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GLOSSARY - VOCABULARY LIST
L'ABBAYE - Prison of the French monarchy, used by the Revolutionaries to jail aristocrats.
BARMECIDE - Member of a fictional Persian family (in The Arabian Nights), who treated a beggar to a mock feast. Dickens' reference-"Barmecide room"- emphasizes that no dining ever occurred at Tellson's.
BASTILLE - French fortress used to confine state prisoners; the Bastille was much hated by the people.
BEDLAM - Shortened form of Bethlehem Hospital for the Insane. In the 18th century visiting Bedlam was a popular London excursion; in our own day the term has become general for lunacy or chaos.
CONCIERGERIE - Prison attached to the Palace of Justice in Paris. Marie Antoinette, Robespierre, and other famous prisoners of the Revolution awaited execution here; between January 1793 and July 1794 nearly 2,600 prisoners left for the guillotine.
CONVULSIONISTS - Group of French religious enthusiasts given to wild dancing and fits; in fashion somewhat before the time Dickens describes.
FLEET STREET - London newspaper and business district, well known to Dickens.
LA FORCE - Old debtors' prison of Paris; during the Revolution it held political offenders.
FURIES - In Greek and Roman mythology, minor deities who relentlessly pursued sinners.
GAZETTE - Official government publication in England, containing bankruptcy and other notices; to be "driven into the Gazette" is to be published a bankrupt.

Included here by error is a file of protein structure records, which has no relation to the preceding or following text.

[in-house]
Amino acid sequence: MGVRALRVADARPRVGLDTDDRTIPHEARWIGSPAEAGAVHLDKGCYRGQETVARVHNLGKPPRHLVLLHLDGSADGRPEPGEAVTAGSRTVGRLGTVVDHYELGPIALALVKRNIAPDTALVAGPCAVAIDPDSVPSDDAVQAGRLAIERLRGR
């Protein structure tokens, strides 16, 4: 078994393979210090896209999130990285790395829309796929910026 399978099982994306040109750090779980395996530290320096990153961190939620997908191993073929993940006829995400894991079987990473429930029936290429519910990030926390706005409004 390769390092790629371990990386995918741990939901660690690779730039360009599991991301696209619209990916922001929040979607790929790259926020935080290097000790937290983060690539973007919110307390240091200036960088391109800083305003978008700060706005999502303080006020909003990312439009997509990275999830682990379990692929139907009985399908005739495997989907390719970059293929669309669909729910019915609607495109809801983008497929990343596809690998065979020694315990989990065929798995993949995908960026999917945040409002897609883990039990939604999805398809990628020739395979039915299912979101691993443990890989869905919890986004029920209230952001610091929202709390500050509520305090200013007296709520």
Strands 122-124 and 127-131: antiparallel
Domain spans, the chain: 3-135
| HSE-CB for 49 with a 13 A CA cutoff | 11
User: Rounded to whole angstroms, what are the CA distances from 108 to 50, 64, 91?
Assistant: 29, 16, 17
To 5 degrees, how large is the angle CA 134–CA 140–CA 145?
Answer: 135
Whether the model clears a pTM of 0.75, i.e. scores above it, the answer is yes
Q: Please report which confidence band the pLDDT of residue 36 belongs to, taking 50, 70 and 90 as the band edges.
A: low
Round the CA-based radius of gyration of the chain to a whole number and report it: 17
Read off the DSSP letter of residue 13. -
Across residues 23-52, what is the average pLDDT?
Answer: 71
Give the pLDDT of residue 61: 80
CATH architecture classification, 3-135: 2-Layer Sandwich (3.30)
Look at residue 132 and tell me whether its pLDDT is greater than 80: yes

GORGON'S HEAD - Reference to Medusa, the Gorgon, a monster of Greek mythology. All who looked at Medusa were turned to stone. The hero Perseus succeeded in cutting off her head.
HILARY TERM - Sitting of the English High Court of Justice, extends from January to just before Easter.
HOTEL DE VILLE - French term for any city hall; here, the Paris City Hall.
JACQUERIE - Originally applied to a French peasant revolt in the Middle Ages, the term came to mean any uprising of the common people. Jacques was the old collective name for French peasants, which Defarge and his revolutionary friends co-opt, proudly, as a password: "How goes it, Jacques?"
LEONORA, BALLAD OF - Ballad of Gothic horror, composed in 1773 and popular among European romantics.
MICHAELMAS TERM - Fall sitting of English High Court of Justice, beginning after September 29 (the Feast of St. Michael).
NEWGATE - Infamous London prison, now demolished; held prisoners awaiting trial at the Old Bailey, next door.
OLD BAILEY - London court of law, remodeled into the Centre Criminal Court, but still widely called "Old Bailey."
RANELAGH - Suburban pleasure garden popular with mid-18th-century Londoners, but falling out of favor when Stryver proposes inviting Lucie Manette there.
SAINT ANTOINE - Suburb (faubourg) of Paris that supported primitive manufacturing; its impoverished residents were the backbone of the Revolutionary mob.
SARDANAPALUS - Greek name for king of ancient Assyria, made proverbial by his lavish display of wealth.
SESSIONS - Periodic sittings or meetings of English justices of the peace; the Sessions deal with certain crimes and statutes.
SOHO - Cosmopolitan district of central London.
TEMPLE BAR - London gateway dividing Fleet Street from the Strand; the heads of executed traitors were displayed on it. Designed by Christopher Wren in 1670, Temple Bar was removed to a private estate in 1878.
TOWER OF LONDON - Fortress where those imprisoned for treason awaited trial.
TUILERIES, PALACE OF - Paris residence of the French kings, and hated symbol of the monarchy. Burnt down by French Revolutionaries of 1871.
TYBURN - London gallows called "Tyburn tree," until 1783 for hanging felons. Public executions became festivals, drawing large crowds.
VAUXHALL GARDENS - Popular suburban resort, opened in 1660, closed in 1859- the year A Tale of Two Cities was printed.
WALTON, IZAAK - Author of The Compleat Angler, 17th-century treatise on fishing.
WHITEFRIARS - London district between Thames and Fleet Street, long a haunt of fugitive debtors and criminals and so an appropriate address for Jerry Cruncher, body snatcher.